• Thanks for keeping us informed Dave nice to know that while all of us are concerned whether he will be 100% in the wild he is doing better than we could have hoped.Think he has lots of things going for him with you keeping a eye out for him and with him having a spiky mum like YBS,how nice to have good news from a near disaster.

  • Thanks for the update Dave, that is just the best news to know what a survivor Kellan is. Sounds like he is going to be the leader of the gang!

    Best wishes to you all.


  • Fantastic Dave..good to hear he is doing so well!! Thank you.

  • wonderful, so good to know. Thanks Dave.

  • The Scottish SPCA obviously taught him a few things:)  it's brilliant I would have thought he would be last to feed and wait till there was no confrontation! That must have been great to watch! Hope all the eagles are ok with this weather and it eases soon.

  • Kellan update Feb 5, 2011

    We've been worried since the hurricane-force winds hit these islands this week but we should have known better.

    I found Kellan this morning sitting high on his favourite hill and in the company of three other young sea eagles. On a deer carcass nearby an immature golden eagle was feeding. Suddenly Kellan took off and flew towards the feasting eagle. Usually it's the golden eagles who are in charge and the sea eagles wait their turn. But that was all about to change.

    Kellan landed next to the carcass and both eagles squared up to each other; the feathers on their napes standing up, beaks open, wings half open. Amazingly, with one lunge, Kellan launched himself at the young goldie who immediately gave in and jumped away, head down in submission. Kellan mantled the prey and then began to feed watched by the other eagles.  

    Kellan may not win any synchronised flying competitions at the moment but he is a survivor and we're all rooting for him.

    Our remaining 4 satellite tagged eagles are ok and roaming around various parts of the Highlands and Islands. We hope to update the maps shortly but the sat tags are on their winter timetable so the data is less frequent.

    Dave Sexton

  • That was amazing, Dave!  Thank you.

  • Hope all human inhabitants on Mull,wildlife and Sea Eagle nests have survived the bad winds and not too much damage to property.

  • Thanks Dave for that wonderful heart-warming story. I found it very moving, and incredible that YBS was there almost waiting for Kellan on his return (although as Mex says - why not?). If Kellan can pick up on our positive thoughts and good wishes he will do well! A great team effort, and special thanks of course to the farmer. Thanks Debby for the photos of Kellan's return.  We hope to be on Mull in May, maybe we will catch a glimpse of him then!

  • Thanks all round. Brilliant. As I said before - if our 'pet' bird longs for his favourite human family members when they are away for months, are you all really so surprised that Kellan's parents would remember him? Why should raptors be different in this from other birds? Good news, anyway.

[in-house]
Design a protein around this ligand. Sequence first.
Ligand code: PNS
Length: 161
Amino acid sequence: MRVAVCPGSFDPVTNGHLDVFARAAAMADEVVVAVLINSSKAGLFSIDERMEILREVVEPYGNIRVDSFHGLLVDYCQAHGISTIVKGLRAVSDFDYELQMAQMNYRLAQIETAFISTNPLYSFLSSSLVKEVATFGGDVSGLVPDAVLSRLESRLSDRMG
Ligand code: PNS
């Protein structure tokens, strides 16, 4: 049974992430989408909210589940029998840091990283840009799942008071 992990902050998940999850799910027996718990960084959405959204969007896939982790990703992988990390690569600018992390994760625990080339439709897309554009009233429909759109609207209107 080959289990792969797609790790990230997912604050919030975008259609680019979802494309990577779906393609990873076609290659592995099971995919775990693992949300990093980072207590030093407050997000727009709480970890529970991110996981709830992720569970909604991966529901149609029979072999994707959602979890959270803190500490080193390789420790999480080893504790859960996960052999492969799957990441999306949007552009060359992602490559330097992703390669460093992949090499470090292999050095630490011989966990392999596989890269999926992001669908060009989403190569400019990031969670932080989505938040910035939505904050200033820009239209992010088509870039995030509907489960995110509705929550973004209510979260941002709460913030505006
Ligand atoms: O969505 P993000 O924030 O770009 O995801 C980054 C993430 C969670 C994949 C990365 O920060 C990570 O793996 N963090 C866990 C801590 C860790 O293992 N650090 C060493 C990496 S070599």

• Haven't logged on to this blog for some considerable time- don't know what made me do so today but how very glad I am that I did!  What a fantastic story!  EVERYONE concerned with the rescue and care of Kellan should be very proud of themselves  - you are wonderful people, Thankyou.

  • Thanks Dave you have reduced me to tears with this wonderful story of Kellan and his fight for survival and how wonderful that YBS remembered her offspring.  Many many thanks to all who were connected with this rescue and may he fly long and free out in the blue sky where he belongs.

  • Phew!!! Who needs TV when you can sit and read a story as good as this?  I am so thrilled that it appears to have a very happy ending, thanks to you, Dave, and all others concerned.  It is so easy to picture the scene with the help of the wonderful photos, and almost feel you were present.  I shall certainly remember the date of release as it was my Mother's birthday.  This is such an uplifting tale when you compare it with all the awful troubles in the world, riots, flooding, cuts, jobless numbers, etc., etc.  Good news never hits the headlines, pity that.  I hope we will be lucky enough to see Kellan on our visit later in the year and to meet you or Debby, or both.  A thousand thanks for all the RSPB does.  Enjoyed doing the garden watch yesterday, have posted the results.

  • Oh my gawd Dave what a story, I had tears in my eyes reading and hope in my heart.  We went to Ullapool today and say three Sea Eagles over Ben Hope.  I hope it was Kellan and parents.  Mt heart goes out to you and your team, amazing!